Written By: Shane
The following story was
compiled from various interview's, television news reports, Associated Press
news releases, local news releases, personal experience in Antelope Canyon
and other sources.
In 1997, the effects of the
Pacific weather system known as "El Niņo" impacted the Colorado Plateau. In
August of that year, storms threatened almost daily and weather reports show
nearly an inch of rain fell on some days. For a region that gets an average of
nine inches of rain a year this was astonishing.
At 3:30 p.m. on August 12, 1997, officers with the Arizona Department of
Public Safety responded to reports of a road washout on Route 98 near mile
marker 306. The water flowed for some time, and officers stood watch to make
sure no one would attempt to cross the flooded wash. Meanwhile, the storm
responsible for dumping the rain moved to Le Chee Rock, about 15 miles away
from narrow Antelope Canyon. The slot canyon is extremely popular with tourist
and photographers. The storm unleashed rain onto the slickrock below, and the
water funneled into the wash that runs through Antelope Canyon. The water was
the consistency of a chocolate milk shake, and contained debris such as logs
Francisco "Poncho" Quintana, 28 years of age, knew what the sudden roar meant
- flash flood! But the ladders leading out of the narrow canyon were 100 feet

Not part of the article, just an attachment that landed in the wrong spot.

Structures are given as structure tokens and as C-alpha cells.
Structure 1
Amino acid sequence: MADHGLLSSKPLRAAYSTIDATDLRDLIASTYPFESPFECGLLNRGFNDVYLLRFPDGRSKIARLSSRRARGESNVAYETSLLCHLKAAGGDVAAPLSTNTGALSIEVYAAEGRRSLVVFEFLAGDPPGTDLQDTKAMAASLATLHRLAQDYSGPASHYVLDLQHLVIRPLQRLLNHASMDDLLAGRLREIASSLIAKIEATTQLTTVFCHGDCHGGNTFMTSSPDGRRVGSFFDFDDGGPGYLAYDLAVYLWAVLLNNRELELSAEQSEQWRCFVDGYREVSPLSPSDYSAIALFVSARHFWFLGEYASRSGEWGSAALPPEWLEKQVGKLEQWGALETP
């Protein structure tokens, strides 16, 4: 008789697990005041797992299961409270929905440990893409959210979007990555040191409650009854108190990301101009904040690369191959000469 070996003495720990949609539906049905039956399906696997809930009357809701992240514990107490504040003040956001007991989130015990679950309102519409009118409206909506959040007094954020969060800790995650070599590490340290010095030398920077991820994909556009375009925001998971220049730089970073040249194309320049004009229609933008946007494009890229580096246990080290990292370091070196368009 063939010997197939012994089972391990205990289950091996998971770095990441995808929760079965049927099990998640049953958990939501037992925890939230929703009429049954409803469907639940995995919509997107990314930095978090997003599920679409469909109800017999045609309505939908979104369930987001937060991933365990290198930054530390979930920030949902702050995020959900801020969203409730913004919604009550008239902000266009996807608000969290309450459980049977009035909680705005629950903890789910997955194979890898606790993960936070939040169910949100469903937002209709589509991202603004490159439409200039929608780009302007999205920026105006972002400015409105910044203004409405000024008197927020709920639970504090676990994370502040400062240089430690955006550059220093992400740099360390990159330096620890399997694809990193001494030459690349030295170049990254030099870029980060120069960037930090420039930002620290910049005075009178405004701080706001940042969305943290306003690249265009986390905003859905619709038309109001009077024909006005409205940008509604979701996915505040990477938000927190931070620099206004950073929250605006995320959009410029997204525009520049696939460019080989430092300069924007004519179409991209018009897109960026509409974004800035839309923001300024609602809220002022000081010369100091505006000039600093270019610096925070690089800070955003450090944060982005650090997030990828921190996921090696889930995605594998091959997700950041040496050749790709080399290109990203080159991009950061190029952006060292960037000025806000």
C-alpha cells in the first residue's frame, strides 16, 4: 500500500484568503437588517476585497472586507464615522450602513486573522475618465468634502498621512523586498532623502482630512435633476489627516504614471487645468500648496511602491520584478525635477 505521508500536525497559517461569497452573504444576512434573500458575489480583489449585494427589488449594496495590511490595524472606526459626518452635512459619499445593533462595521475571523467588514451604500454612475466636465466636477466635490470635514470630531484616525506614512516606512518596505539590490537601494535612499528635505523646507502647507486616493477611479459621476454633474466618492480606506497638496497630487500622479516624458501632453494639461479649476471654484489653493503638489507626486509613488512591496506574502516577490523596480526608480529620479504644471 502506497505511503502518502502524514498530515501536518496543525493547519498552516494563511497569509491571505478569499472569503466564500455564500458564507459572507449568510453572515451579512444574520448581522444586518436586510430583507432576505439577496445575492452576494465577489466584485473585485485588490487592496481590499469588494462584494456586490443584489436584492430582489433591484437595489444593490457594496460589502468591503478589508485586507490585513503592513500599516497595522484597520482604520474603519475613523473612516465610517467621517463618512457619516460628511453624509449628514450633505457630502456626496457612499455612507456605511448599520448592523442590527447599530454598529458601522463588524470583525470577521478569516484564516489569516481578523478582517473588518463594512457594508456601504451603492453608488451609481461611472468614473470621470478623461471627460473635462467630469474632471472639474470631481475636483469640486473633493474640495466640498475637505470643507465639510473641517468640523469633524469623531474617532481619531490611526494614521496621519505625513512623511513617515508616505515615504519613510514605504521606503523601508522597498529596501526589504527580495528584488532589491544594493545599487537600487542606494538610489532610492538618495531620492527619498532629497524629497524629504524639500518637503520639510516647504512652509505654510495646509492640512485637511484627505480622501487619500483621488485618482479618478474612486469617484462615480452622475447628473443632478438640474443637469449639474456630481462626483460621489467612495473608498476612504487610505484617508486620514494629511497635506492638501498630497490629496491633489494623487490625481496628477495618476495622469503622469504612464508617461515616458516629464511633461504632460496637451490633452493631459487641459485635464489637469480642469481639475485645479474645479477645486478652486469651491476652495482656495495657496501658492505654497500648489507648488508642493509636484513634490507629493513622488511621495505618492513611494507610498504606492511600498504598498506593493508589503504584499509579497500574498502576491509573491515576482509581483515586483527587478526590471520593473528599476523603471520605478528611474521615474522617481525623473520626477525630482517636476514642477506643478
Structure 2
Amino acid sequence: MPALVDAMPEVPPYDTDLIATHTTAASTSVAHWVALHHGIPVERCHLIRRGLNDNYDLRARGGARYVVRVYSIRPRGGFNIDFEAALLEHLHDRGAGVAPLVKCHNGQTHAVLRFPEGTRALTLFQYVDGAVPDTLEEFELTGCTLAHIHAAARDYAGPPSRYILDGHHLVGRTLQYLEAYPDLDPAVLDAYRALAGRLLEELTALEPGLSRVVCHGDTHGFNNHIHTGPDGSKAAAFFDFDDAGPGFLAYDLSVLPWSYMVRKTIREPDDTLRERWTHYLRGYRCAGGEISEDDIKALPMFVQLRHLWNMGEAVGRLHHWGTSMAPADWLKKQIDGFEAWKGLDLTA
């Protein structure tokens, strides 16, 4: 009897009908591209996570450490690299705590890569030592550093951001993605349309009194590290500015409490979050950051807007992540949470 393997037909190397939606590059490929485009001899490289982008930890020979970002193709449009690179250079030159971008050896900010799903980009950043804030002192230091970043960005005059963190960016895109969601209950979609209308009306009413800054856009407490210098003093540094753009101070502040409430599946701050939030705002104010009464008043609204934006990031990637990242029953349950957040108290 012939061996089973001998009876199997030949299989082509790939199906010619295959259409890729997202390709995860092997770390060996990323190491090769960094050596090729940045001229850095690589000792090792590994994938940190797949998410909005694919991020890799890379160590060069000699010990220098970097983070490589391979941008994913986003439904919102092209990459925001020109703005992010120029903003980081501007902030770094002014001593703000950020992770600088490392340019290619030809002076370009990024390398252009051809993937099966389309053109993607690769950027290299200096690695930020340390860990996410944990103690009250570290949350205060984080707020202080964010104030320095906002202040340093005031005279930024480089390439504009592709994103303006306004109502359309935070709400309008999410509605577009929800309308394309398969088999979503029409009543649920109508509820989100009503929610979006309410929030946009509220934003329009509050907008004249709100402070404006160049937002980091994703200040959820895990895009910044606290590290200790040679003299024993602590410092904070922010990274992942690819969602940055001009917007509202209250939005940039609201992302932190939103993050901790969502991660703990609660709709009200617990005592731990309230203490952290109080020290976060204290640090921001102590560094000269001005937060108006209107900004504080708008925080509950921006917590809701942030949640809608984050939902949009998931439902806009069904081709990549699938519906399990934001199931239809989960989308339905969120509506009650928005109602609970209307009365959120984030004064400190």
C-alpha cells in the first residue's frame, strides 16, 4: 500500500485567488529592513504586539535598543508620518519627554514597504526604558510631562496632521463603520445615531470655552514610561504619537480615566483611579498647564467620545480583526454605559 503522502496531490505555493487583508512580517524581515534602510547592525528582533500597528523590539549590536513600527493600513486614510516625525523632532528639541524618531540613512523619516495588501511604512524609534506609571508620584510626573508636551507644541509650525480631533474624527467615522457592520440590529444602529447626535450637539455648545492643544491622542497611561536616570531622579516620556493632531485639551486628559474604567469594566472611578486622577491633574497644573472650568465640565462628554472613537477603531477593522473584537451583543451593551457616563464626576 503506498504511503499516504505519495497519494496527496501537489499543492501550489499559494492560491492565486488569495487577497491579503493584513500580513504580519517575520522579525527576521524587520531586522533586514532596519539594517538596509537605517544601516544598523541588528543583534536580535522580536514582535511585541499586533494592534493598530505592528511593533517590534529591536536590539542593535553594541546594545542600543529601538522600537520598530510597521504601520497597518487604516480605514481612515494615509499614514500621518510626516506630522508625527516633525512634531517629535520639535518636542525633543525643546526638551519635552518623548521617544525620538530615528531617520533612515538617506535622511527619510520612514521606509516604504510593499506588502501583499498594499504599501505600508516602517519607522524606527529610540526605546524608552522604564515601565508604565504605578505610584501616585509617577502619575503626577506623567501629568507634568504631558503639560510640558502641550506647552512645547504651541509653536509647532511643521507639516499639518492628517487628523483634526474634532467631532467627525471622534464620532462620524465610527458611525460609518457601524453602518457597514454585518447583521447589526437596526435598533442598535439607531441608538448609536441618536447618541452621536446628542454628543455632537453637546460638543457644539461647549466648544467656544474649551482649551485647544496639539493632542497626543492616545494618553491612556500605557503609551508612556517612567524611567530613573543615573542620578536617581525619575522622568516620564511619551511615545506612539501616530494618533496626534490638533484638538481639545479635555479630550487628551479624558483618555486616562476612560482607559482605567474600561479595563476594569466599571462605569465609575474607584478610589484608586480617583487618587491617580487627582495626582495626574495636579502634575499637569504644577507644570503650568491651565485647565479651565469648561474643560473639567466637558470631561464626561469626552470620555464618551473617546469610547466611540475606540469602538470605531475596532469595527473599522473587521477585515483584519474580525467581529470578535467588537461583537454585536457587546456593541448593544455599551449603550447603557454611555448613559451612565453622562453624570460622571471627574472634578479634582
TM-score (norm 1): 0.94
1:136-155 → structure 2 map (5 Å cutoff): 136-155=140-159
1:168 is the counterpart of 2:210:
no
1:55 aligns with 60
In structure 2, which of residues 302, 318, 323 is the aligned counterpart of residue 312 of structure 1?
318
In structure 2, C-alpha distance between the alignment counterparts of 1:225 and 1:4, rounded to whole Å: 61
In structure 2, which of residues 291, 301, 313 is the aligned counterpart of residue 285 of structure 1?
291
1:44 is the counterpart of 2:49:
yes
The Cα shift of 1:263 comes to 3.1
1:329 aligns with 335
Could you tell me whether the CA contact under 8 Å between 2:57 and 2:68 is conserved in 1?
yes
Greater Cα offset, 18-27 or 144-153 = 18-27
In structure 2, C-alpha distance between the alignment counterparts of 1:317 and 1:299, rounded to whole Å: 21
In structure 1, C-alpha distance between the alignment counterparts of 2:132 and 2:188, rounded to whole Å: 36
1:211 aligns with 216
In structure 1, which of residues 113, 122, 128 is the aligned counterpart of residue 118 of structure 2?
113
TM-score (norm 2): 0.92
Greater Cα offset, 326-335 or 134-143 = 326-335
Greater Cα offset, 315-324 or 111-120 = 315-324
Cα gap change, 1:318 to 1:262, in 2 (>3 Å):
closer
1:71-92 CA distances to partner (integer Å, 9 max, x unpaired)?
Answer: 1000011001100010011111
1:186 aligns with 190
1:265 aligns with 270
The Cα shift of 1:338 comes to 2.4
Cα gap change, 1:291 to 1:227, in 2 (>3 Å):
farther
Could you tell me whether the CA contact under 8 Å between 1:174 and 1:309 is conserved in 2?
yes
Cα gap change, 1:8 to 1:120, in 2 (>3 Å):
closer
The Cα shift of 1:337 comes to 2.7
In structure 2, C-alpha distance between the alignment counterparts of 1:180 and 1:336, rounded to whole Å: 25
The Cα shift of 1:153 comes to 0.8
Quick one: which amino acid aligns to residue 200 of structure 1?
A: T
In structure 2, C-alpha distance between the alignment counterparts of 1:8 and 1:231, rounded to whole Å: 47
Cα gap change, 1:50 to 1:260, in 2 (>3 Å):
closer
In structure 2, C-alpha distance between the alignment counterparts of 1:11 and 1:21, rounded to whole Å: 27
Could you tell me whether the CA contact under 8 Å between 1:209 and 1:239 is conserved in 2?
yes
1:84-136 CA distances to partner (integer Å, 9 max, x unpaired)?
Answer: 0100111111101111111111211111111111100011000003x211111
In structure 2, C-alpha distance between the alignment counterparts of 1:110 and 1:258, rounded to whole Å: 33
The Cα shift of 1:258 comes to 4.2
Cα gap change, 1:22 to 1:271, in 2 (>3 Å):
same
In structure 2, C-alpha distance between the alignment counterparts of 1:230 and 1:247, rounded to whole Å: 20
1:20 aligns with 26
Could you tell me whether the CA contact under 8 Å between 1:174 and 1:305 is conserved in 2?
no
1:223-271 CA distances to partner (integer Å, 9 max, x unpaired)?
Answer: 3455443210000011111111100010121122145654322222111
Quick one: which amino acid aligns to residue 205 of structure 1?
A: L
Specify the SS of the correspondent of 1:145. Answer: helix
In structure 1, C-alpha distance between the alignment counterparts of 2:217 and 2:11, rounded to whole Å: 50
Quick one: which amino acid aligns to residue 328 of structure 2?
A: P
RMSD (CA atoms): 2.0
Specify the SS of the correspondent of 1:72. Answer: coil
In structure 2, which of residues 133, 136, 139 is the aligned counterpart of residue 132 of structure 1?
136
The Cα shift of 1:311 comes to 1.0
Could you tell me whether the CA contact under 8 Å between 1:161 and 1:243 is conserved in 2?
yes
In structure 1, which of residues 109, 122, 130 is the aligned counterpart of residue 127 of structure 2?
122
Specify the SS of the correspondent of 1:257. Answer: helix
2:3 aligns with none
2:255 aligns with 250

away. Terrified tourists watched from the rim of the canyon as the wall of
water slammed into the 12 people in the bottom of the canyon and swept them
The chocolate brown water was waist-high before Quintana was able to wedge
himself and two tourists against the wall behind an elephant ear shaped rock
outcropping. A muscular 5-foot-9 former construction worker, Quintana pushed
as hard as he could, trying to anchor his feet in the canyon's sandy bottom
and hold the two tourists fast to the sandstone wall. He turned his head to
see two men flying towards him, their arms and legs thrashing in panic. The
men tumbled into Quintana's group and he lost his grip. It was the last he saw
of the people he was trying to save. Blinded by mud washed into his eyes, he
careened downstream, crashing against the smooth sandstone walls, which range